The Commission’s proposals for dealing with porn are hair-raising. They want stepped-up enforcement of existing obscenity laws; increased cooperation between local, state, and federal law enforcement personnel and the IRS; and a computerized national database. They want forfeiture statutes, so that any proceeds from production of pornography can be confiscated. They want Congress to enact a statute that the distribution of obscene material “affects” interstate commerce. This would eliminate the necessity to prove transportation in interstate commerce in obscenity cases. According to the Commission, hiring individuals to participate in commercial sexual performances should be made an unfair labor practice. Transmission of obscene matter over cable TV and telephone lines should be proscribed. Obscenity should be made a predicate act for a group to be investigated under the frighteningly powerful Racketeer Influenced and Corrupt Organizations Act (RICO), and states should enact their own versions of RICO. All state legislatures should adopt the lower standard of proof of obscenity found in Miller v. California.  Pandering laws should be used against porn producers. Conditions within adult bookstores should be investigated and health violations prosecuted. Peep show booths should not be allowed to have doors or holes in the walls between the booths. Use of performers under the age of twenty-one should be forbidden by act of Congress, and producers, retailers, and distributors of sexually explicit material should be required to maintain records containing consent forms and proof of performers’ ages.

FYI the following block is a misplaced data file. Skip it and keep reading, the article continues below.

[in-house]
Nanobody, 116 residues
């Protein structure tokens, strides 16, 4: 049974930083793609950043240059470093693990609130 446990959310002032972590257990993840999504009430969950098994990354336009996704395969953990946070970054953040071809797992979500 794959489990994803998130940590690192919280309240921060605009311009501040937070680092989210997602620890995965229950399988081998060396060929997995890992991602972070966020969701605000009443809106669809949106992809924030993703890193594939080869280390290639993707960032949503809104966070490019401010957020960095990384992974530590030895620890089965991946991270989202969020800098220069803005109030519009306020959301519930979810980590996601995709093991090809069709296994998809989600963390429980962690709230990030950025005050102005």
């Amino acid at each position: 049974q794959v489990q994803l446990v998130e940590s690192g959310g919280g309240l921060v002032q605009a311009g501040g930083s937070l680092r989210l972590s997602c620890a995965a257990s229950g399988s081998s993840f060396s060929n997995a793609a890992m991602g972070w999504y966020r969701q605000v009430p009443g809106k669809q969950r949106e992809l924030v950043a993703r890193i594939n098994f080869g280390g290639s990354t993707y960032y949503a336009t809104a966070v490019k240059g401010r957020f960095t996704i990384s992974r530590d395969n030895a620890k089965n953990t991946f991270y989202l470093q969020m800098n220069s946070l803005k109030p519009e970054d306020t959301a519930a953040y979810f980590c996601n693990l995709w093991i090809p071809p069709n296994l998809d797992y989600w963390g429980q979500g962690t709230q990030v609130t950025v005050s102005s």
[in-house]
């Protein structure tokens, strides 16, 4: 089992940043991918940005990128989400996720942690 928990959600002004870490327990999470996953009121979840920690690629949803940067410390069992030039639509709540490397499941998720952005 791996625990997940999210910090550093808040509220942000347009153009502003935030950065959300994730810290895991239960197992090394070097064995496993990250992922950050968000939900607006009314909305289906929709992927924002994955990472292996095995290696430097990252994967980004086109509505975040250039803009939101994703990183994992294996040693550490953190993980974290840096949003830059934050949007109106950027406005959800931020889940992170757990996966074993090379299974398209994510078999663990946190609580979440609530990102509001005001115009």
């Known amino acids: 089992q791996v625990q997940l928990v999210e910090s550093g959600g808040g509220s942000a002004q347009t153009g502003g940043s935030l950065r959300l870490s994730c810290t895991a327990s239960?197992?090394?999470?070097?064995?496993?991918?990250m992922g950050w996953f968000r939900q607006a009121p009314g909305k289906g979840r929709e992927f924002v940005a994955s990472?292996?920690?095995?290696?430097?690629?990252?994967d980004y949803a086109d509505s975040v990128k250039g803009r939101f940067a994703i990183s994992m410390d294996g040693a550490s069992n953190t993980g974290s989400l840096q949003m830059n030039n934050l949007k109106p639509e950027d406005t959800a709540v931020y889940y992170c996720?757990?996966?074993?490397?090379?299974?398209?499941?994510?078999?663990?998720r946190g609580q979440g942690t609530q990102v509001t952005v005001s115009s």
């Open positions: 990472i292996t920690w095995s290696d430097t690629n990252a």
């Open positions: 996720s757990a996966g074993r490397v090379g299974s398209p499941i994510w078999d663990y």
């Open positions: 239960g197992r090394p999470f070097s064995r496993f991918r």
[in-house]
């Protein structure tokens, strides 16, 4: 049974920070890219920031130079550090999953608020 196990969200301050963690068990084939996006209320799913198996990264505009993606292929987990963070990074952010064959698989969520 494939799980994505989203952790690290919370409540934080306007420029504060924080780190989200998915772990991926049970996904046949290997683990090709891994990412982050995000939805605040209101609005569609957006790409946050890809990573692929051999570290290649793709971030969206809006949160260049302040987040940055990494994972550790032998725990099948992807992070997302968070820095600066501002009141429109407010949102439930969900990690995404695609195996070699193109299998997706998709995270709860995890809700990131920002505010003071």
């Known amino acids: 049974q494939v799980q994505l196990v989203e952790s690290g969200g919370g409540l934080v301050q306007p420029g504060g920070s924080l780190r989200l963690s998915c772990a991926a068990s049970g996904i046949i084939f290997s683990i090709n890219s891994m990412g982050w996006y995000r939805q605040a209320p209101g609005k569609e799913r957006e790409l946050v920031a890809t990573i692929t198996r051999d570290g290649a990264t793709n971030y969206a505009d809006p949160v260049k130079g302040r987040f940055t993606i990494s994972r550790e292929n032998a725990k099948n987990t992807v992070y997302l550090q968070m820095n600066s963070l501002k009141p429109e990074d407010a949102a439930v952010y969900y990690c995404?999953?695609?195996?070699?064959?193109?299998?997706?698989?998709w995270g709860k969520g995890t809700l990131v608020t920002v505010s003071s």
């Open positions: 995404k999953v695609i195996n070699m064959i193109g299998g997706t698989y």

It was only by a very narrow margin that the Commission did not vote to recommend legislation that would have made vibrators and dildos obscene.